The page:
Independence Day shooter loses appeal



A man convicted of a shooting at an Independence Day celebration that claimed the life of a three-year-old boy lost his legal bid to regain his freedom.

Three judges of the Supreme Court dismissed an appeal by David Hangue against a conviction of murder and attempted murder.

Judge of Appeal Gerhard Maritz, who wrote the unanimous judgment in which Chief Justice Peter Shivute and Acting Justice Fred Chomba upheld the trial court’s ruling said in their collective view the trial court was correct when it found Hangue was liable for the death of three-year old Diego Huiseb and seriously wounding his mother Lydia Huises.

Hangue was convicted of murder, attempted murder, the handling of a firearm while under the influence of liquor and discharge of a firearm in a public place at the end of his trial in the Windhoek High Court.
He was sentenced to 19 years in prison over the incident that happened at the J Stephanus Stadium in Keetmanshoop on Independence Day in 1999.

Judge Maritz described the day as one which dawned with the promise of celebrations for Namibians all over the country, but ended in an tragedy for the Katzao/Huises family. According to evidence produced during the trial the boy’s father Mr Katzao and his life partner Lydia drove to the stadium with the deceased to partake in the celebrations.

On their arrival Diego disembarked from the vehicle first and ran to the fence to watch a football game that was going on. However, as Lydia rushed after him, a gunshot went off in their vicinity. As she returned to the car with Diego a second shot went off, which struck Diego in the back of his head and exited just above his left eye.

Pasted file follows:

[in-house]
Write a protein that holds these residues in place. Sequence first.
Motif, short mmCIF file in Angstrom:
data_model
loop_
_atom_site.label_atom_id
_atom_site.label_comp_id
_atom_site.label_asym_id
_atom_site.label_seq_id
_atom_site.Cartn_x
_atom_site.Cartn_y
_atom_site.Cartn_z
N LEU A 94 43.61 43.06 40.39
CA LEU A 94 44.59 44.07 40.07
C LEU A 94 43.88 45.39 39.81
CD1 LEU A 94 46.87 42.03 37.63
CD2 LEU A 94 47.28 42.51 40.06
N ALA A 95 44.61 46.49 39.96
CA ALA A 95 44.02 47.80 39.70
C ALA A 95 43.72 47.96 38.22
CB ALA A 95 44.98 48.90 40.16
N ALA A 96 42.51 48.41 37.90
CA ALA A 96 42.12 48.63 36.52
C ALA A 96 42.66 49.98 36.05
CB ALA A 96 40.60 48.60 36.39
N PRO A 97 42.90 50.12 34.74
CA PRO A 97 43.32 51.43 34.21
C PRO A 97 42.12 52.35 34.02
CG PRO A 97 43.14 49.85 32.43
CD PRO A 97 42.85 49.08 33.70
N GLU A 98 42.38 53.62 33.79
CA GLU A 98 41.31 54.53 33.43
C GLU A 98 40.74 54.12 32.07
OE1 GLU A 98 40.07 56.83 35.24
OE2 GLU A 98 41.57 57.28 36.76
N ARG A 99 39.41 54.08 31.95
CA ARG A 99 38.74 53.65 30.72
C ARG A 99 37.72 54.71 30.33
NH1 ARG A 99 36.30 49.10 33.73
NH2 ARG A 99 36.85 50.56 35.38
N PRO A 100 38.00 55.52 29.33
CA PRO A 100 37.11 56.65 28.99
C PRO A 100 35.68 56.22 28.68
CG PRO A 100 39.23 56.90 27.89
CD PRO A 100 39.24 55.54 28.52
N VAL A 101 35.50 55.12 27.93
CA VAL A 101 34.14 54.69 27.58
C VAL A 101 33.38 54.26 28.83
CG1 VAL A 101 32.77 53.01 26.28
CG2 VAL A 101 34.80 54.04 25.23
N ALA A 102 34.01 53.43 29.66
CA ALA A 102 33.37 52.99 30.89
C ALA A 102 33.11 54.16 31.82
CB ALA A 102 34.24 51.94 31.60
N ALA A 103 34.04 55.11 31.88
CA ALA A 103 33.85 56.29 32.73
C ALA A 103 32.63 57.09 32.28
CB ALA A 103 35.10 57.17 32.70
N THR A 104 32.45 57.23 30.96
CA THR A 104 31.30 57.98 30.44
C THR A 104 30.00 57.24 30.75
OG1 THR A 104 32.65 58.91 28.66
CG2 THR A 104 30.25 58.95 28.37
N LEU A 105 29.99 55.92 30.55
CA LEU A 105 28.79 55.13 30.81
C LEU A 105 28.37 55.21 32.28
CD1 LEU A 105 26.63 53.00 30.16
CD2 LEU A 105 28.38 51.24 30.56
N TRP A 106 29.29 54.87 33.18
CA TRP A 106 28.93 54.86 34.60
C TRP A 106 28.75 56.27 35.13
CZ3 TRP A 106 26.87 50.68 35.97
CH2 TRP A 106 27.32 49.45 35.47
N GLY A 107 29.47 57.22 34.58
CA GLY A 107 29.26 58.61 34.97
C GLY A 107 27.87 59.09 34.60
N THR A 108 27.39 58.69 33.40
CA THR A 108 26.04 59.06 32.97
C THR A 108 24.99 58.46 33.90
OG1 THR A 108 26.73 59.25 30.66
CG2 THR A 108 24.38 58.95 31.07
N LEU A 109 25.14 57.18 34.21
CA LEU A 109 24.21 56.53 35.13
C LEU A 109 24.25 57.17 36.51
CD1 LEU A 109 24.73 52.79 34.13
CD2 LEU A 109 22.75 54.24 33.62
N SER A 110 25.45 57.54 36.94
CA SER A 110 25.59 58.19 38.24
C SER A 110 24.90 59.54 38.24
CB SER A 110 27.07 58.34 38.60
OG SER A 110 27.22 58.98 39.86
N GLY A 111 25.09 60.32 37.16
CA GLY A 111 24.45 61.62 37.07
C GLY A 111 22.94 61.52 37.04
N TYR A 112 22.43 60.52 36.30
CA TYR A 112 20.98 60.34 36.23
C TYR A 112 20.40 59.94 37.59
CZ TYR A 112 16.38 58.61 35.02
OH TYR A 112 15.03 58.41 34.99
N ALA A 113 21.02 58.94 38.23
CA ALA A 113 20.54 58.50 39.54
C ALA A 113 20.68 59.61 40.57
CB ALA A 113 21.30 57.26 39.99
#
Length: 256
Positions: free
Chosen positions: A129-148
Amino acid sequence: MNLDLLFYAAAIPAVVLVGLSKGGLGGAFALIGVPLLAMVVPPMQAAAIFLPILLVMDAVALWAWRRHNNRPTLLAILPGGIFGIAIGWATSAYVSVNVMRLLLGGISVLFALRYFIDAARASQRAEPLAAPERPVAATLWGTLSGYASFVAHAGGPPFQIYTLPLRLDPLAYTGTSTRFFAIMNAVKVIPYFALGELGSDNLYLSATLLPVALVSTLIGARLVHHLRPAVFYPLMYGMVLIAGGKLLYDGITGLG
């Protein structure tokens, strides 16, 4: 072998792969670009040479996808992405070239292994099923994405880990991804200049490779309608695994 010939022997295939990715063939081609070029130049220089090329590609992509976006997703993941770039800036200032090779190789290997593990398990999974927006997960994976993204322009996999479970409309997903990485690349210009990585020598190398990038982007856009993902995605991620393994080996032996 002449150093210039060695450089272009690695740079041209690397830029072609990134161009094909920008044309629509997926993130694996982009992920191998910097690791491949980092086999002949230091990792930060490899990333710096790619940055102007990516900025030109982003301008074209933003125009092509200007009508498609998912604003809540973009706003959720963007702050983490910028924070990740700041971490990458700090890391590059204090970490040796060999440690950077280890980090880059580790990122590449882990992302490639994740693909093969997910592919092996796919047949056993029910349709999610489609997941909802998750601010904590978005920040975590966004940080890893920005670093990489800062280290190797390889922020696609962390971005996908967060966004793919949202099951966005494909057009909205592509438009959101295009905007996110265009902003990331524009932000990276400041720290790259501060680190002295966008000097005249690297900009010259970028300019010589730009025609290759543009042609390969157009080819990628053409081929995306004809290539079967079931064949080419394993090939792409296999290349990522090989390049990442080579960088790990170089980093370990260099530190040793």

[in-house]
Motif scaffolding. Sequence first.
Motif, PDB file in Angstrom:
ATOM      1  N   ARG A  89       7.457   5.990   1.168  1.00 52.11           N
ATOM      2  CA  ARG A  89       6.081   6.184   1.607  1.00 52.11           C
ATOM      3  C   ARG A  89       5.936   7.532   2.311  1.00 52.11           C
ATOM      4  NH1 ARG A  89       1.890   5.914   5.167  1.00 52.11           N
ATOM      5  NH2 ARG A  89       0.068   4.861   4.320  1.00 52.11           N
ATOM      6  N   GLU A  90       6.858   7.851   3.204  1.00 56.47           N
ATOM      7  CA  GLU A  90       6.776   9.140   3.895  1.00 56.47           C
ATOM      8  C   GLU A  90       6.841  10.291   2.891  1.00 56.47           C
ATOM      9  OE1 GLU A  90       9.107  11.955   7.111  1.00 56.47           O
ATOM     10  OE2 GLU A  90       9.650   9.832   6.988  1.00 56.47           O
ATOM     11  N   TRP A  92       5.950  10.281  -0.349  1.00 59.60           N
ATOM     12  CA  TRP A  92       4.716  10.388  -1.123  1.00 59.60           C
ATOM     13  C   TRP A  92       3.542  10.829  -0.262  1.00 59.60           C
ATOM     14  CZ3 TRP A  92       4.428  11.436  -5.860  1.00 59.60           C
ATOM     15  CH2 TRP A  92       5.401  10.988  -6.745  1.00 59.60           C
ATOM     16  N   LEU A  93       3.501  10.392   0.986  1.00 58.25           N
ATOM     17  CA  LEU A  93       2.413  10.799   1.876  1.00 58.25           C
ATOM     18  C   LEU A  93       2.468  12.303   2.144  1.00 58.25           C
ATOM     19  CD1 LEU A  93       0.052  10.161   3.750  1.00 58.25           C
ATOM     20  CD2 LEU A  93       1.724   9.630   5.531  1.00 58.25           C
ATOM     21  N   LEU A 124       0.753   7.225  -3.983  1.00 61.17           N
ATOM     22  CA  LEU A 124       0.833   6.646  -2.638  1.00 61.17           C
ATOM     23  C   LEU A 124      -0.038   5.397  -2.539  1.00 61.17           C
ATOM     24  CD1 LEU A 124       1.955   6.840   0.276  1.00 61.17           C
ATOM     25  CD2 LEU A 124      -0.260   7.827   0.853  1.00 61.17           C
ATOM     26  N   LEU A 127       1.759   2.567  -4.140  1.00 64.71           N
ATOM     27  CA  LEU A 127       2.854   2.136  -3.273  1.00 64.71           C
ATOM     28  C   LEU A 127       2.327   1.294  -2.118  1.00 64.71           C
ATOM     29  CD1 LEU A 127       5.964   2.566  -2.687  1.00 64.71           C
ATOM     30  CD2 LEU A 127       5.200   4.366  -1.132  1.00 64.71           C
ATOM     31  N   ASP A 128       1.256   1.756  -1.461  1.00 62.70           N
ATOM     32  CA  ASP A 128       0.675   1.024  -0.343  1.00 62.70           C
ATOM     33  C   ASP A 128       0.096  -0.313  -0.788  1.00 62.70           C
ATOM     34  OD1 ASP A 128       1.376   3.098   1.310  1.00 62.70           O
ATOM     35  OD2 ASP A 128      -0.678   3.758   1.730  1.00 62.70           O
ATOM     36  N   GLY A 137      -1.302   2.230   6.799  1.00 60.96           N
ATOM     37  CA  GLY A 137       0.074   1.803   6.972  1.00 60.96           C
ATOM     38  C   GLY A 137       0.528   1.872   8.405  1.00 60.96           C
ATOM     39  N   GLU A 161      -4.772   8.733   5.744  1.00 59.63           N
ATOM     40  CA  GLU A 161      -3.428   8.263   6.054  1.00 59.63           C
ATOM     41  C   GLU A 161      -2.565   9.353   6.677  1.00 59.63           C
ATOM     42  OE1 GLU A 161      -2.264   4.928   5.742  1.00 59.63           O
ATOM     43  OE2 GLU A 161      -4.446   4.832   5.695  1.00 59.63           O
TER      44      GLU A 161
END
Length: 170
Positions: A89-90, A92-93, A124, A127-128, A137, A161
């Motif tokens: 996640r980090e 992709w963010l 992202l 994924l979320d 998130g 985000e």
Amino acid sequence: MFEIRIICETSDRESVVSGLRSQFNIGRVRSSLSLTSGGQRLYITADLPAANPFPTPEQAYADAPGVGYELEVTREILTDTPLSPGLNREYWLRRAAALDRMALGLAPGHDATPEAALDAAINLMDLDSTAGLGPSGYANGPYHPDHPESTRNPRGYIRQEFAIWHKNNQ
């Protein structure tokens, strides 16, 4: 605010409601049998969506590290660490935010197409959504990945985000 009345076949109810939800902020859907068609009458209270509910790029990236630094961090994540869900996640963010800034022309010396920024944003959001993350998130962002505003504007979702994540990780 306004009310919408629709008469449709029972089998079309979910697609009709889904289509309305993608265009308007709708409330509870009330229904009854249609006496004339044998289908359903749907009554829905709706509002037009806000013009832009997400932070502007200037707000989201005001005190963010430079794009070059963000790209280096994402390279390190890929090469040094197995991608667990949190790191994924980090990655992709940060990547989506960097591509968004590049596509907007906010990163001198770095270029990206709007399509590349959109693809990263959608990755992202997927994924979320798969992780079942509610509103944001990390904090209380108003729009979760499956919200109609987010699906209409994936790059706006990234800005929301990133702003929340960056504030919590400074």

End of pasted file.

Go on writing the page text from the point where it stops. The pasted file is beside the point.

Lydia, who at that stage was comforting Diego with kisses on his face, was struck by the exiting projectile on the forehead before it lodged behind her right ear.

Hangue pleaded not guilty to all charges in the main trial and put up a defence of non-liability, because he was “too drunk to know what happened that night, that he was completely blank as to what happened and was so under the influence that he did not know what happened”.

According to Judge Maritz, the High Court had to determine whether or not there was a reasonable possibility that Hangue was so intoxicated that when he fired the fatal shot he lacked the required criminal capacity or culpability to commit the crimes.

According to Judge Maritz, the trial judge addressed these issues in an extensive and well-reasoned judgement.
He said in his view there is no basis to interfere with the credibile findings of the trial judge: “On the contrary its conclusion is supported by an analysis of the evidence”.

He went on to say: “The appellant did not lay a factual basis upon which the court could come to the conclusion that there is a reasonable possibility that when he discharged the fatal shot the appellant acted in a state of non-pathological automatism or criminal incapacity and was not able to form the legal intention to commit the crimes of murder and attempted murder on which he was convicted.”


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